The ethical theory that Dr. Pou was using
In this scenario, Dr. Pou seems to be using beneficence ethical theory. This theory can be explained as an act of kindness, mercy, and charity with a strong connotation of doing good to others. Health professionals are guided by this theory by being encouraged to deliver the best to their clients or doing good on behalf of someone else other than themselves (Morrison, 2016). If for example, a health professional is determined to serve his or her patients by assisting them to improve or maintain their health status, he or she can be said to be acting beneficently towards that clients he serves. Similarly, Dr. Pou was being guided by this theory by trying to relieve or end pain among the severely affected patients at the Memorial Medical Center (The New York times Magazine, 2009). Precisely, when the Katrina hurricane occurred, majority of individuals were severely affected, to such an extent that it was challenging for the hospital to cater or attend to the high workload of patients who needed emergency care.
On seeing how most of the affected individuals were suffering in pain, Dr. Pou felt mercy on them, and she knew that she can do very little to save their lives. Actually, based on her preliminary assessment, some of the individuals were severely affected by the hurricane to such an extent that their chances of surviving even after being given medical care were close to impossible (Hoffmaster et al., 2009). Instead of letting them continue to suffer in pain and eventually die, she thought it was wise to eliminate their pain by injecting them with morphine or the sedative midazolam, or both. Her actions were equivalent to mercy killing, where a health professional opt to terminate the life of a patient suffering from a terminal illness in order to relieve him or her from extreme pain. Though Dr. Pou never sought informed consent from the hurricane victims or from their relatives (especially to those who could not have managed to communicate) her actions were merely out of mercy rather than from any ill intention as many claimed.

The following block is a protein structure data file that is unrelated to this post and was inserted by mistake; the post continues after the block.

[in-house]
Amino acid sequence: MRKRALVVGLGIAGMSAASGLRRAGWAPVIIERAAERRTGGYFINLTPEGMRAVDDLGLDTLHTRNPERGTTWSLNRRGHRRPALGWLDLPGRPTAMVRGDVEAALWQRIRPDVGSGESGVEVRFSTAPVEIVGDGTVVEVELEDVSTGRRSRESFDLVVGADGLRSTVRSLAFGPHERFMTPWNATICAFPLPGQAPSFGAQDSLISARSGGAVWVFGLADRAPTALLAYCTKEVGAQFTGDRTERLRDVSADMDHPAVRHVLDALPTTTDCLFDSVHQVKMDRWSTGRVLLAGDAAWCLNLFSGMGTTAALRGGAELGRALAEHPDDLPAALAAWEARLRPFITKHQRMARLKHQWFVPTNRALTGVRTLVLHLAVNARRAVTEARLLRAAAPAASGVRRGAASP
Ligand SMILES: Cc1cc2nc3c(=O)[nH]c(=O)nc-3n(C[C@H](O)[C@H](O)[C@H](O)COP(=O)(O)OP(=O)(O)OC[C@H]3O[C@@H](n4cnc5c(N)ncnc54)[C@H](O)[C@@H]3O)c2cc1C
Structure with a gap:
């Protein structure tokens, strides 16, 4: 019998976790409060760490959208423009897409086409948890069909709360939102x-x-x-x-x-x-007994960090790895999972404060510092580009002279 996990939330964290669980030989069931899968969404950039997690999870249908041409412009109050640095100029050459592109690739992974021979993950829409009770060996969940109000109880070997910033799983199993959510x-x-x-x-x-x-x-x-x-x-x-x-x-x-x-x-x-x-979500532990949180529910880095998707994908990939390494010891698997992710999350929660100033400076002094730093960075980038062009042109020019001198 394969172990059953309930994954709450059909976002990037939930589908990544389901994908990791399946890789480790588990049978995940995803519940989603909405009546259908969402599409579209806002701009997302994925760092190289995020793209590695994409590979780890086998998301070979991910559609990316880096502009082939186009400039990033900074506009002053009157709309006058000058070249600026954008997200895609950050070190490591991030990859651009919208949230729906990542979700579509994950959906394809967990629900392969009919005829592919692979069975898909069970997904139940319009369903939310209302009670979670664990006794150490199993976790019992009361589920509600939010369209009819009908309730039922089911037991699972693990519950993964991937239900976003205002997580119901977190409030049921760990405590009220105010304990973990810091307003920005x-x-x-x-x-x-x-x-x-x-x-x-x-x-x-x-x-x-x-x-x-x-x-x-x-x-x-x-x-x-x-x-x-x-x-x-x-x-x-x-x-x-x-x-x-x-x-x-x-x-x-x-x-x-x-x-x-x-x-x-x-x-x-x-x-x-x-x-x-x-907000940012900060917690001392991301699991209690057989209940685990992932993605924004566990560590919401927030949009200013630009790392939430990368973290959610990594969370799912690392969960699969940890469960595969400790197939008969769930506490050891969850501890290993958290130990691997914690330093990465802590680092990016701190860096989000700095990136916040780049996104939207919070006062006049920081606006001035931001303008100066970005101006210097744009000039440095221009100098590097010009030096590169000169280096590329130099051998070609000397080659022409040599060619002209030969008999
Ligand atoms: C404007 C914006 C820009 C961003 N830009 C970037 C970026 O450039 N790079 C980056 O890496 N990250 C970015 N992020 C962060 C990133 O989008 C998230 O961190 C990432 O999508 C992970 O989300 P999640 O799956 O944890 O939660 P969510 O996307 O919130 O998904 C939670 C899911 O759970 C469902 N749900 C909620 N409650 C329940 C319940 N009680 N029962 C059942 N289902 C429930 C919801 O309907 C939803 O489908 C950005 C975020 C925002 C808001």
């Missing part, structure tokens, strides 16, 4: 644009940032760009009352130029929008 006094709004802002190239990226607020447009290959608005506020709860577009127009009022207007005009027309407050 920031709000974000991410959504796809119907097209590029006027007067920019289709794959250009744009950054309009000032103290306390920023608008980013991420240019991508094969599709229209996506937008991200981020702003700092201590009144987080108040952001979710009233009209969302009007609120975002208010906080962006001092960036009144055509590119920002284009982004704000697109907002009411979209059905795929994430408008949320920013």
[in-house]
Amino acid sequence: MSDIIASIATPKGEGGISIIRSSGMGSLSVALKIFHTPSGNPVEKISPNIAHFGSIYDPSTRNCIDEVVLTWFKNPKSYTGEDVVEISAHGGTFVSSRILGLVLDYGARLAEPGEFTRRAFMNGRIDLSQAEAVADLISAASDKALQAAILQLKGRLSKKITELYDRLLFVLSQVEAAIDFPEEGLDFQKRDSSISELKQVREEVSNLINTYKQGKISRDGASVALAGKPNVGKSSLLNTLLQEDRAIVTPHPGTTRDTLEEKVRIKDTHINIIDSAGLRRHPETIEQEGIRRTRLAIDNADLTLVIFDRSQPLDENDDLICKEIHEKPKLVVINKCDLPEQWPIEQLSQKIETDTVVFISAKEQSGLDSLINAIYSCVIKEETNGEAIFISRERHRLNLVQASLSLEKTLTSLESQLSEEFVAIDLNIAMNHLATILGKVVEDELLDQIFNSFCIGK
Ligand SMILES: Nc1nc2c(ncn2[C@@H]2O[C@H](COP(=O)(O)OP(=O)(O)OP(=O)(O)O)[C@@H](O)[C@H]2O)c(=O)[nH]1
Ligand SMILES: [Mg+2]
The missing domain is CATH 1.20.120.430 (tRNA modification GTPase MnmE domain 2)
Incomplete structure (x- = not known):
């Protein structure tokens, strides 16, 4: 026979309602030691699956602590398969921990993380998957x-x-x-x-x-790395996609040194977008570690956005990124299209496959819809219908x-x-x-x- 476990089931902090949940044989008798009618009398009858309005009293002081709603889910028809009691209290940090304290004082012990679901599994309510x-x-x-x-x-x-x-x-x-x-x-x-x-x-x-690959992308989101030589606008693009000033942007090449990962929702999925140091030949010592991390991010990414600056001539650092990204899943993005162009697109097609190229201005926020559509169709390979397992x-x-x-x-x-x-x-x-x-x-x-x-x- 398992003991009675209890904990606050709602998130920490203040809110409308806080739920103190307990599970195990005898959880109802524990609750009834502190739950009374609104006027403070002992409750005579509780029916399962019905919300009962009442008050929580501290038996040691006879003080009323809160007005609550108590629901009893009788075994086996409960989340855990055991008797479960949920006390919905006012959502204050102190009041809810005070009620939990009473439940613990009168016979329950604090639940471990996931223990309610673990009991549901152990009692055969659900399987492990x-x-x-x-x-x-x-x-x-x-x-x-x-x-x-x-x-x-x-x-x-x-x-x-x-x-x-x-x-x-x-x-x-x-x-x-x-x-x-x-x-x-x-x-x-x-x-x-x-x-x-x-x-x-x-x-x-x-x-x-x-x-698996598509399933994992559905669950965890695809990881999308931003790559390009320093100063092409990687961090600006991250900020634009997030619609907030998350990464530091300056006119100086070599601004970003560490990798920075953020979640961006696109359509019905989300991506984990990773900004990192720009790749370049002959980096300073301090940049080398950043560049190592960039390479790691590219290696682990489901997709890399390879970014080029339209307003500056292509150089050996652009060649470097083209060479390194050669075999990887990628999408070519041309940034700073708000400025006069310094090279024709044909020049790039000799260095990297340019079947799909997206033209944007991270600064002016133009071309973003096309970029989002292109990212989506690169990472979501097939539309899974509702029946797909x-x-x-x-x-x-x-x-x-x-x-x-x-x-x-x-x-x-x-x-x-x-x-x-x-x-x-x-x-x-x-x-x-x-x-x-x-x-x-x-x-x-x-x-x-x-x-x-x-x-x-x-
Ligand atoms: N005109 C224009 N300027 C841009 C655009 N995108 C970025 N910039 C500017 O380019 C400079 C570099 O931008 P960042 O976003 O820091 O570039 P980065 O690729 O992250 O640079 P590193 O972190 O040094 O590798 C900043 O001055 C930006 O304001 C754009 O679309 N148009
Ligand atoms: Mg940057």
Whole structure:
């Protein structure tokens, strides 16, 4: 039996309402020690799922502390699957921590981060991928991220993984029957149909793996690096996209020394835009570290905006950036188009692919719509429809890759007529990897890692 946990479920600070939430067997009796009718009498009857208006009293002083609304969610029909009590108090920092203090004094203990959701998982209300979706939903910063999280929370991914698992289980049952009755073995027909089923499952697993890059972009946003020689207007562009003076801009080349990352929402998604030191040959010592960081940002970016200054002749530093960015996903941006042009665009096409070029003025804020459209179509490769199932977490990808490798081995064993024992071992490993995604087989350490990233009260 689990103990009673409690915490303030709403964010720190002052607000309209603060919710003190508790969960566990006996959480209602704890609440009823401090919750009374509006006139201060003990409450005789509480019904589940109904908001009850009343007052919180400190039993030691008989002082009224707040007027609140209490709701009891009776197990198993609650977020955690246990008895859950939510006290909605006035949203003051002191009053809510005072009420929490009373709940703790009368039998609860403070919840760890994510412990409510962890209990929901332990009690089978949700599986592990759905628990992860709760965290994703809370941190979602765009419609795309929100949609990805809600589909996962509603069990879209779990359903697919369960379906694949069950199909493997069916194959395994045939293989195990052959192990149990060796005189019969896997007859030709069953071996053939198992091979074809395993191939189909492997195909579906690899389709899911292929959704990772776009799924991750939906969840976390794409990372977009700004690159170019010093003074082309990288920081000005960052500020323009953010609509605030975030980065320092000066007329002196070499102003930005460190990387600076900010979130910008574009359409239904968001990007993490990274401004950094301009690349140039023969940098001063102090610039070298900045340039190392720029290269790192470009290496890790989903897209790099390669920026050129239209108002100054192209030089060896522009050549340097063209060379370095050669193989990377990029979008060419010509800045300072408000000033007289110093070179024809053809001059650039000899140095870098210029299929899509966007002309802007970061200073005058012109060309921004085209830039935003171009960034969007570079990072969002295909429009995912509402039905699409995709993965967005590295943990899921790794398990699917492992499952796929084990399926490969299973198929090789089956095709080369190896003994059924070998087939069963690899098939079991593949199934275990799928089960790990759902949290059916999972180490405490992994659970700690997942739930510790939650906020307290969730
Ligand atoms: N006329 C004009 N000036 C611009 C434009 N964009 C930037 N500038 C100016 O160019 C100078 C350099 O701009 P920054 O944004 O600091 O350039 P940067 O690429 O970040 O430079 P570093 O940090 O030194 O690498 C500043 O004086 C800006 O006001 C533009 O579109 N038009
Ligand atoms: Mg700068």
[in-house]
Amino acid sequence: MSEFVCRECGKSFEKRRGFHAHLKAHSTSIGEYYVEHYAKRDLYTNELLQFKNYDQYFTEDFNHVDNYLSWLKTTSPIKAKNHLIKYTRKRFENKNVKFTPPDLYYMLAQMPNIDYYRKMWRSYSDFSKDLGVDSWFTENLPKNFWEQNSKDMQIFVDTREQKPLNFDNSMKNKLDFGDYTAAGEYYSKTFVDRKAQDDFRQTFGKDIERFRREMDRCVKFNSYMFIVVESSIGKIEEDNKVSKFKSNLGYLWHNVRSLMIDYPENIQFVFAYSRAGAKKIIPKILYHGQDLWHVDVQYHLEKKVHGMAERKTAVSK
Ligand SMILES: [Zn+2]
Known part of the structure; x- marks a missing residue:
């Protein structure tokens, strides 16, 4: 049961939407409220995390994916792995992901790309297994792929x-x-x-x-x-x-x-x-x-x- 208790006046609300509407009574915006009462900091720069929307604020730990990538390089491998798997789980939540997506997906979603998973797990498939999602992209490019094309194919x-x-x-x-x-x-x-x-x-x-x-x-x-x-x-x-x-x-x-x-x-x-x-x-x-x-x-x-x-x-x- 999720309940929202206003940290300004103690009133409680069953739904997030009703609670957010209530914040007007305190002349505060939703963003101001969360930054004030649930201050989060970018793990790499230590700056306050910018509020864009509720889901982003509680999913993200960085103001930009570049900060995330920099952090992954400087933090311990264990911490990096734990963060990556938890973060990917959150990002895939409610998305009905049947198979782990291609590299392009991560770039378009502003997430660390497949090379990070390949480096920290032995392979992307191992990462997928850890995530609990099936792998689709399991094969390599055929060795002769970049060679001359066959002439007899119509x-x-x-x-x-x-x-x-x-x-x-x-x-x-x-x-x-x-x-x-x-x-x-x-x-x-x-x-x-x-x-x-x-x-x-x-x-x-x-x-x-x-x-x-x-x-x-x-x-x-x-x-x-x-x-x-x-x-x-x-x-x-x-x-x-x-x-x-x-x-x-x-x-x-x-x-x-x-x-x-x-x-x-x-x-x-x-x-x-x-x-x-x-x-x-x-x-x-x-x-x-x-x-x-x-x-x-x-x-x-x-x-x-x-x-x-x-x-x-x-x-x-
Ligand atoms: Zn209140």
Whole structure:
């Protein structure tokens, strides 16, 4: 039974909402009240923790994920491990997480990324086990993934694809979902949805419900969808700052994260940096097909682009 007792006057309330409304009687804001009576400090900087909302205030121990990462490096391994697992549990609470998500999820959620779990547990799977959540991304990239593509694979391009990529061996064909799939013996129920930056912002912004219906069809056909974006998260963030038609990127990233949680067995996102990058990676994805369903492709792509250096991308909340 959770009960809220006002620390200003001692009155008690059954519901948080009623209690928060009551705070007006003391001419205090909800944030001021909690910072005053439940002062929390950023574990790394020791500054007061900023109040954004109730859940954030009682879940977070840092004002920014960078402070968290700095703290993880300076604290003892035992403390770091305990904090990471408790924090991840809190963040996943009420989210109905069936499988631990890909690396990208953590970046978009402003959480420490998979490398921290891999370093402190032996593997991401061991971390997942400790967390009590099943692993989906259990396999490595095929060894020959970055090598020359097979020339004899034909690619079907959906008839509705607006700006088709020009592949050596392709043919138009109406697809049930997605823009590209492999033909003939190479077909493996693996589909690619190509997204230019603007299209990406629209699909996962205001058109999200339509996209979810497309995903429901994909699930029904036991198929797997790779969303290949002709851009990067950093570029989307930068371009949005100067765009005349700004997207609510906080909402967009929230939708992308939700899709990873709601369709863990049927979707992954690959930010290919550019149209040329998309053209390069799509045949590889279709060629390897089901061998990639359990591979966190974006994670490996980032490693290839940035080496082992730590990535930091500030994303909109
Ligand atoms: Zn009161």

Consecutively, Dr. Pou`s actions were also guided by the ethical theory of justice (Morrison, 2016). Precisely, her argument was that patients who have limited chances of surviving especially during an emergency should be the last to be attended, while those who have high chances of surviving should be the first ones to be attended. Her arguments are justified, since in most cases, patients who are in critical conditions end up using a lot of medical resources and eventually succumb to the severity of their illnesses or injuries. Instead, these medical resources could have been used to save a higher number of patients who have higher chances of surviving. This was one o
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